Reviews of This Is Where I Leave You by Jonathan Tropper

This Is Where I Leave You

by Jonathan Tropper

This Is Where I Leave You by Jonathan Tropper X
This Is Where I Leave You by Jonathan Tropper
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  • First Published:
    Aug 2009, 352 pages

    Paperback:
    Jul 2010, 352 pages

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Book Reviewed by:
Donna Chavez
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About this Book

Book Summary

A riotously funny, emotionally raw novel about love, marriage, divorce, family, and the ties that bind—whether we like it or not.

The death of Judd Foxman’s father marks the first time that the entire Foxman family—including Judd’s mother, brothers, and sister—have been together in years. Conspicuously absent: Judd’s wife, Jen, whose fourteen-month affair with Judd’s radio-shock-jock boss has recently become painfully public.

Simultaneously mourning the death of his father and the demise of his marriage, Judd joins the rest of the Foxmans as they reluctantly submit to their patriarch’s dying request: to spend the seven days following the funeral together. In the same house. Like a family.

As the week quickly spins out of control, longstanding grudges resurface, secrets are revealed, and old passions reawakened. For Judd, it’s a weeklong attempt to make sense of the mess his life has become while trying in vain not to get sucked into the regressive battles of his madly dysfunctional family. All of which would be hard enough without the bomb Jen dropped the day Judd’s father died: She’s pregnant.

This Is Where I Leave You is Jonathan Tropper's most accomplished work to date, a riotously funny, emotionally raw novel about love, marriage, divorce, family, and the ties that bind—whether we like it or not.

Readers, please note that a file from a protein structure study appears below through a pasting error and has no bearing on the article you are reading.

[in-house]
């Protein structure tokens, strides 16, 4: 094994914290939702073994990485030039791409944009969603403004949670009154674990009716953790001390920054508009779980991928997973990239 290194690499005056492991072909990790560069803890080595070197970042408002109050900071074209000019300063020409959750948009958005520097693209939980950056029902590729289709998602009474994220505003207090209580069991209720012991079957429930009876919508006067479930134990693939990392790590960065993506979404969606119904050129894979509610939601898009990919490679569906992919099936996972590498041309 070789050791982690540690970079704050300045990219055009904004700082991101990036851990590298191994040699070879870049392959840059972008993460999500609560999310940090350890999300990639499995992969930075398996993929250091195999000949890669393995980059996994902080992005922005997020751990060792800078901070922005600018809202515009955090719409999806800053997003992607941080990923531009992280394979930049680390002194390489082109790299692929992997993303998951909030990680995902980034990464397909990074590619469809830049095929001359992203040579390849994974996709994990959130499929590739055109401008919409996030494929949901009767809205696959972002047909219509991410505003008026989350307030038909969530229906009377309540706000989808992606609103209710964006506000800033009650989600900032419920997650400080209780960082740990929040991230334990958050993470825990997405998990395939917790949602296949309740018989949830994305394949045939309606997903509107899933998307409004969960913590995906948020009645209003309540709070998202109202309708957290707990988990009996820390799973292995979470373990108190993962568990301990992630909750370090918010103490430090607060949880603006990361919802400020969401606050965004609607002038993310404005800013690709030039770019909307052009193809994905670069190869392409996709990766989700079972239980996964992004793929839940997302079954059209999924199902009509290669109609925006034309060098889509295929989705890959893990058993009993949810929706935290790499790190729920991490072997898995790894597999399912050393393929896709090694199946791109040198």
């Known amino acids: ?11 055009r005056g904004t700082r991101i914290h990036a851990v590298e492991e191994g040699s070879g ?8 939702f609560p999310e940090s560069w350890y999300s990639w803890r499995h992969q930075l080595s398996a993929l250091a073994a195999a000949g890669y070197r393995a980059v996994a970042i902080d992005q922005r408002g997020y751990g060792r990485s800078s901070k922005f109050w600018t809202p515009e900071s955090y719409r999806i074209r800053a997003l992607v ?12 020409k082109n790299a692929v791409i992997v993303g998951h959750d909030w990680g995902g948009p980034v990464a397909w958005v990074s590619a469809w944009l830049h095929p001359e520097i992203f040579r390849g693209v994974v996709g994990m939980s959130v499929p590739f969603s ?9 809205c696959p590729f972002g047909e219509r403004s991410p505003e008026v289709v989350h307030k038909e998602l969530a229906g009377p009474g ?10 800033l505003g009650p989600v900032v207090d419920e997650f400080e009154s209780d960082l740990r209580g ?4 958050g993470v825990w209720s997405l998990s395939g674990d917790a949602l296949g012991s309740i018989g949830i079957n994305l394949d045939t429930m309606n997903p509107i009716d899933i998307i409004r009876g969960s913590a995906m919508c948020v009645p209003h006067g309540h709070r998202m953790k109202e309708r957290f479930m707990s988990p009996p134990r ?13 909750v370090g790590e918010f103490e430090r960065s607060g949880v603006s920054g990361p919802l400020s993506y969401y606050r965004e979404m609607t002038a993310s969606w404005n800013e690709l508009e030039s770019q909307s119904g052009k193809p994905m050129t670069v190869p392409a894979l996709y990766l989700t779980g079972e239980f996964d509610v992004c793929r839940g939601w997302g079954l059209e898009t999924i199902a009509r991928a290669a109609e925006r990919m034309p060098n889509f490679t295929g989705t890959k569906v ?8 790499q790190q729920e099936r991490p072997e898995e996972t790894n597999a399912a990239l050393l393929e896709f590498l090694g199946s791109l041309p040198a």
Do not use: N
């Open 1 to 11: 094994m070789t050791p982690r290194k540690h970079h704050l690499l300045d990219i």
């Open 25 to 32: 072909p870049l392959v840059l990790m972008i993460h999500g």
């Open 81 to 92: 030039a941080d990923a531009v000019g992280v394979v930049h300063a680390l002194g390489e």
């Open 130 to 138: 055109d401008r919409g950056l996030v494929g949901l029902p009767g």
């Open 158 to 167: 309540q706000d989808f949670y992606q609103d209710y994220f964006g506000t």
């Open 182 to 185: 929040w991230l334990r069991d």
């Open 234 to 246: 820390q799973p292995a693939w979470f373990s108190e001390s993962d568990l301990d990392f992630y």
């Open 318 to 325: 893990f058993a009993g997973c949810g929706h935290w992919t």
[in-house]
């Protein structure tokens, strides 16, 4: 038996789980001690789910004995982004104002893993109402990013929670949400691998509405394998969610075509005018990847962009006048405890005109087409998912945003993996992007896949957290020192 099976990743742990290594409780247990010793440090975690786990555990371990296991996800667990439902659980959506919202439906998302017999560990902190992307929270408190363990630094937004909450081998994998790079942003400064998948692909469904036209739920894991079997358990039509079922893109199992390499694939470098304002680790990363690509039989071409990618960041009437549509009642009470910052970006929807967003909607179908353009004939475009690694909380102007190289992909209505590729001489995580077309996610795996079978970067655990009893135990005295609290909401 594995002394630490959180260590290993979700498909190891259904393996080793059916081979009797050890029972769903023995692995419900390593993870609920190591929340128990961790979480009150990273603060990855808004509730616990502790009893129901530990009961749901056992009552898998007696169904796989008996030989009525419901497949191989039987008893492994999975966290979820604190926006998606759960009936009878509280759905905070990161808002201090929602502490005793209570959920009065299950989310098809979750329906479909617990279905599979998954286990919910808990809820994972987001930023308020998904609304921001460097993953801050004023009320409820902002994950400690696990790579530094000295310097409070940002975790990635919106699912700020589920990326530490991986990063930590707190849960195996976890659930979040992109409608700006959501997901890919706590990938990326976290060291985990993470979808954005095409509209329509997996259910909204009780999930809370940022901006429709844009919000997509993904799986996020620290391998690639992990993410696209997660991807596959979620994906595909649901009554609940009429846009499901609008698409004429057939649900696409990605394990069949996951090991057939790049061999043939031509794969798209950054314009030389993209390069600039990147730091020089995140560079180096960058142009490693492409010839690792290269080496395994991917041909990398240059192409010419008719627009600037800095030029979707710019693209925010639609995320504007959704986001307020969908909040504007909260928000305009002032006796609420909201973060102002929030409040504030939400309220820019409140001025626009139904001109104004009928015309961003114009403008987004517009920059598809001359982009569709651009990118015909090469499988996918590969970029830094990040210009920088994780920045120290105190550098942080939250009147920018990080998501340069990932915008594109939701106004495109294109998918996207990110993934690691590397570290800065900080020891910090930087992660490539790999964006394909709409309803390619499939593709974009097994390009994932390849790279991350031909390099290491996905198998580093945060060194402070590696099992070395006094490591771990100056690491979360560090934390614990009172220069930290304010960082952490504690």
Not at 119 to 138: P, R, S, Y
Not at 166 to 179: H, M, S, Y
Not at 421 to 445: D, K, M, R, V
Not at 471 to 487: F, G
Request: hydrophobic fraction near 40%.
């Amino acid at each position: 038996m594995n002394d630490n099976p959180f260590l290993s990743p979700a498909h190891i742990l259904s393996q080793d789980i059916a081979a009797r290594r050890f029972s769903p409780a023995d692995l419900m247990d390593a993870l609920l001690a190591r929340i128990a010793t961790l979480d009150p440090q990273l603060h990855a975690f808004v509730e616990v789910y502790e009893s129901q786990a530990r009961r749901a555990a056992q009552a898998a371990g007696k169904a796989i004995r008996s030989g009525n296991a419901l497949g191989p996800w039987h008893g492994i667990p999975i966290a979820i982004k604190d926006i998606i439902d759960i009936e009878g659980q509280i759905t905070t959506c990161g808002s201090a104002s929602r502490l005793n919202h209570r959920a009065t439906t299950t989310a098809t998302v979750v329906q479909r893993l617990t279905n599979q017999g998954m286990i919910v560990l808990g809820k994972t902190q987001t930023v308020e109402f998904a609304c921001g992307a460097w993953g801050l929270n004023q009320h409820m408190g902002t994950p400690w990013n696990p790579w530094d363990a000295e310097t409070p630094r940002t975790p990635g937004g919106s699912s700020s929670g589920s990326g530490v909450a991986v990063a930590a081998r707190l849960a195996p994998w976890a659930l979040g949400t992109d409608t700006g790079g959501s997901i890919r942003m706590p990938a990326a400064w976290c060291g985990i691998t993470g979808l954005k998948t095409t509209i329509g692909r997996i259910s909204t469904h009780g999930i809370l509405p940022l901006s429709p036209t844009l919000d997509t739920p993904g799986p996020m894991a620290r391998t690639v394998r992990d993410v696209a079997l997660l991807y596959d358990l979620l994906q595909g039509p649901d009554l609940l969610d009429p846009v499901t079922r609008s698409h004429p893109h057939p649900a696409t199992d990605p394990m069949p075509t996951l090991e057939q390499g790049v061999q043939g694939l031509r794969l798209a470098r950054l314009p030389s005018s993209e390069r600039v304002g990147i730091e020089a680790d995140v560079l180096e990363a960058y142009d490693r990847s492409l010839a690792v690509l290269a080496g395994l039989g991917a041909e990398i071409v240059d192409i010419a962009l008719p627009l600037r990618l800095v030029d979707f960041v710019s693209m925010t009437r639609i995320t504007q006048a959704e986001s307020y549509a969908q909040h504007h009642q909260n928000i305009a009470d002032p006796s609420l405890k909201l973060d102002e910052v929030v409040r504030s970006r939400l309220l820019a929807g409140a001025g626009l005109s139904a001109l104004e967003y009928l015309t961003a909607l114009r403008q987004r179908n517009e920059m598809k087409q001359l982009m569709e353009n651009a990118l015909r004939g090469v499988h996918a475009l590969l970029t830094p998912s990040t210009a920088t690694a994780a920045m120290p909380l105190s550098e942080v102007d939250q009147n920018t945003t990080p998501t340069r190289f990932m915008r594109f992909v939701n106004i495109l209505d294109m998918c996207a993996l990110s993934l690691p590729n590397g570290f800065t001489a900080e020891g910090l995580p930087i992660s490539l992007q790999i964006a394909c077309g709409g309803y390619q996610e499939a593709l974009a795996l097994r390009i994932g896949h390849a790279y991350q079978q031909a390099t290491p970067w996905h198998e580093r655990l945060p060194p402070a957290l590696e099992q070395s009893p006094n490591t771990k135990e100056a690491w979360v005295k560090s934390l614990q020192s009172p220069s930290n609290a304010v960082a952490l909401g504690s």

Chapter 1

Dad’s dead," Wendy says off handedly, like it’s happened before, like it happens every day. It can be grating, this act of hers, to be utterly unfazed at all times, even in the face of tragedy. "He died two hours ago."

"How’s Mom doing?"

"She’s Mom, you know? She wanted to know how much to tip the coroner."

I have to smile, even as I chafe, as always, at our family’s patented inability to express emotion during watershed events. There is no occasion calling for sincerity that the Foxman family won’t quickly diminish or pervert through our own genetically engineered brand of irony and evasion. We banter, quip, and insult our way through birthdays, holidays, weddings, illnesses. Now Dad is dead and Wendy is cracking wise.

It serves him right, since he was something of a pioneer at the forefront of emotional repression.

"It gets better," Wendy says.

"Better? Jesus, Wendy, do you hear yourself?"

"Okay, that came out ...

Please be aware that this discussion guide may contain spoilers!
  1. Discuss Judd Foxman, the novel's protagonist, from his very ironic and dry sense of humor (shared also by his brothers and sister), to his anger and vulnerability regarding his wife's infidelity, to his conflicted emotions regarding his immediate family. What was your first impression of the protagonist/narrator of this novel? What did you find the most engaging aspect of his character? Did you find any aspect of him off-putting?

  2. What was your first impression of Judd's wife, Jen? Because you see her almost entirely from Judd's perspective, was there any chance to see her as a sympathetic character before Judd finds her so? Do you think that Judd and Jen have a chance at salvaging their relationship, with or ...